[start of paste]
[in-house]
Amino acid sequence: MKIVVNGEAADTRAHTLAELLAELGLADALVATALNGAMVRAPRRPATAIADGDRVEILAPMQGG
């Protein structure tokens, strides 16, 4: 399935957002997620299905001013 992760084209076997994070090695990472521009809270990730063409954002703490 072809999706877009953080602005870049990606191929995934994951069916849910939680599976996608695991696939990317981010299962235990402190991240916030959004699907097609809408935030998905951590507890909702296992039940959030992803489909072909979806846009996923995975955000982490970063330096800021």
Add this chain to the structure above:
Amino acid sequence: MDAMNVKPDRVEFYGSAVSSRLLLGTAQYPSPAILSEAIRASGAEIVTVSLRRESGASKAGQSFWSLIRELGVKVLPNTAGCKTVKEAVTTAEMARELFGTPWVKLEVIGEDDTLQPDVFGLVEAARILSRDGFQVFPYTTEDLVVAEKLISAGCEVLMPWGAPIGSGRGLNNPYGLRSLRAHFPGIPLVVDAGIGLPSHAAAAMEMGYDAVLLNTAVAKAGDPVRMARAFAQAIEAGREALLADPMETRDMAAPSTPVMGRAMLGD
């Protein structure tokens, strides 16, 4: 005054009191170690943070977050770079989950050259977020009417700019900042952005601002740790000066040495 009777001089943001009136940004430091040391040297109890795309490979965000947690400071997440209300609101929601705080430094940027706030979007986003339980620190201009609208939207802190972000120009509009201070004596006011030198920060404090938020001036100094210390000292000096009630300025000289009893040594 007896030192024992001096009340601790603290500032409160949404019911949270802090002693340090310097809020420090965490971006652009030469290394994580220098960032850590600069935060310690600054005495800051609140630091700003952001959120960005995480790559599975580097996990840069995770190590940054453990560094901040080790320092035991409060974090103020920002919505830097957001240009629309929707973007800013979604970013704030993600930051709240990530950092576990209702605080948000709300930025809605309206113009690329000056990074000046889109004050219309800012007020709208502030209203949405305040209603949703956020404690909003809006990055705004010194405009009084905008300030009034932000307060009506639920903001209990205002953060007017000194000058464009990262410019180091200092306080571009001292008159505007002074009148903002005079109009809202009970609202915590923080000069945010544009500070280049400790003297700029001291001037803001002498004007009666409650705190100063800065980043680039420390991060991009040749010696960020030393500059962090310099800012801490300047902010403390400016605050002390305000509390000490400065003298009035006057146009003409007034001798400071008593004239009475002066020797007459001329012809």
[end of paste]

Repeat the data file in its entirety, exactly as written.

[in-house]
Amino acid sequence: MKIVVNGEAADTRAHTLAELLAELGLADALVATALNGAMVRAPRRPATAIADGDRVEILAPMQGG
């Protein structure tokens, strides 16, 4: 399935957002997620299905001013 992760084209076997994070090695990472521009809270990730063409954002703490 072809999706877009953080602005870049990606191929995934994951069916849910939680599976996608695991696939990317981010299962235990402190991240916030959004699907097609809408935030998905951590507890909702296992039940959030992803489909072909979806846009996923995975955000982490970063330096800021």
Add this chain to the structure above:
Amino acid sequence: MDAMNVKPDRVEFYGSAVSSRLLLGTAQYPSPAILSEAIRASGAEIVTVSLRRESGASKAGQSFWSLIRELGVKVLPNTAGCKTVKEAVTTAEMARELFGTPWVKLEVIGEDDTLQPDVFGLVEAARILSRDGFQVFPYTTEDLVVAEKLISAGCEVLMPWGAPIGSGRGLNNPYGLRSLRAHFPGIPLVVDAGIGLPSHAAAAMEMGYDAVLLNTAVAKAGDPVRMARAFAQAIEAGREALLADPMETRDMAAPSTPVMGRAMLGD
């Protein structure tokens, strides 16, 4: 005054009191170690943070977050770079989950050259977020009417700019900042952005601002740790000066040495 009777001089943001009136940004430091040391040297109890795309490979965000947690400071997440209300609101929601705080430094940027706030979007986003339980620190201009609208939207802190972000120009509009201070004596006011030198920060404090938020001036100094210390000292000096009630300025000289009893040594 007896030192024992001096009340601790603290500032409160949404019911949270802090002693340090310097809020420090965490971006652009030469290394994580220098960032850590600069935060310690600054005495800051609140630091700003952001959120960005995480790559599975580097996990840069995770190590940054453990560094901040080790320092035991409060974090103020920002919505830097957001240009629309929707973007800013979604970013704030993600930051709240990530950092576990209702605080948000709300930025809605309206113009690329000056990074000046889109004050219309800012007020709208502030209203949405305040209603949703956020404690909003809006990055705004010194405009009084905008300030009034932000307060009506639920903001209990205002953060007017000194000058464009990262410019180091200092306080571009001292008159505007002074009148903002005079109009809202009970609202915590923080000069945010544009500070280049400790003297700029001291001037803001002498004007009666409650705190100063800065980043680039420390991060991009040749010696960020030393500059962090310099800012801490300047902010403390400016605050002390305000509390000490400065003298009035006057146009003409007034001798400071008593004239009475002066020797007459001329012809």